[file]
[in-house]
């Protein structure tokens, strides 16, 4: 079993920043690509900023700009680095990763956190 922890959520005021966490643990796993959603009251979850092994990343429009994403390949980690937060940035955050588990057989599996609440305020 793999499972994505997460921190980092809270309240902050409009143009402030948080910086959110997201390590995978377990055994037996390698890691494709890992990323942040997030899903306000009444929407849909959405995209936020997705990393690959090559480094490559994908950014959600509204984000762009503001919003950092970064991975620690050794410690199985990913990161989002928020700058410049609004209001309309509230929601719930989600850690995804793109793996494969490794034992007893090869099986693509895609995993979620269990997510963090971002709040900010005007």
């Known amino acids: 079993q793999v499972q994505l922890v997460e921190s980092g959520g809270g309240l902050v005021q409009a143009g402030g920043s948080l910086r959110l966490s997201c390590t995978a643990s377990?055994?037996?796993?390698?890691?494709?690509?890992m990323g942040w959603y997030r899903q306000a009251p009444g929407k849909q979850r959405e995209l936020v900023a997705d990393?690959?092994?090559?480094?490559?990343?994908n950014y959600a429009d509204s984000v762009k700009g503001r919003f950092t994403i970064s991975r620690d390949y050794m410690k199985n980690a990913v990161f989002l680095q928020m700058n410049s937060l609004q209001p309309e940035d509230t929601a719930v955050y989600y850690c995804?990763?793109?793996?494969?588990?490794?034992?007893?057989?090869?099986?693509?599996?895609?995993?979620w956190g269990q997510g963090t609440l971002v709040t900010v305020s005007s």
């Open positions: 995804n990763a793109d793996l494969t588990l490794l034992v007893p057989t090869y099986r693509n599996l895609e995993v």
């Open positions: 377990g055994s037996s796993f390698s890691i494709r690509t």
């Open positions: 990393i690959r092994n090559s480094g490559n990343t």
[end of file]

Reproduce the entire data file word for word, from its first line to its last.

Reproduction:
[in-house]
């Protein structure tokens, strides 16, 4: 079993920043690509900023700009680095990763956190 922890959520005021966490643990796993959603009251979850092994990343429009994403390949980690937060940035955050588990057989599996609440305020 793999499972994505997460921190980092809270309240902050409009143009402030948080910086959110997201390590995978377990055994037996390698890691494709890992990323942040997030899903306000009444929407849909959405995209936020997705990393690959090559480094490559994908950014959600509204984000762009503001919003950092970064991975620690050794410690199985990913990161989002928020700058410049609004209001309309509230929601719930989600850690995804793109793996494969490794034992007893090869099986693509895609995993979620269990997510963090971002709040900010005007």
């Known amino acids: 079993q793999v499972q994505l922890v997460e921190s980092g959520g809270g309240l902050v005021q409009a143009g402030g920043s948080l910086r959110l966490s997201c390590t995978a643990s377990?055994?037996?796993?390698?890691?494709?690509?890992m990323g942040w959603y997030r899903q306000a009251p009444g929407k849909q979850r959405e995209l936020v900023a997705d990393?690959?092994?090559?480094?490559?990343?994908n950014y959600a429009d509204s984000v762009k700009g503001r919003f950092t994403i970064s991975r620690d390949y050794m410690k199985n980690a990913v990161f989002l680095q928020m700058n410049s937060l609004q209001p309309e940035d509230t929601a719930v955050y989600y850690c995804?990763?793109?793996?494969?588990?490794?034992?007893?057989?090869?099986?693509?599996?895609?995993?979620w956190g269990q997510g963090t609440l971002v709040t900010v305020s005007s």
């Open positions: 995804n990763a793109d793996l494969t588990l490794l034992v007893p057989t090869y099986r693509n599996l895609e995993v």
């Open positions: 377990g055994s037996s796993f390698s890691i494709r690509t």
């Open positions: 990393i690959r092994n090559s480094g490559n990343t």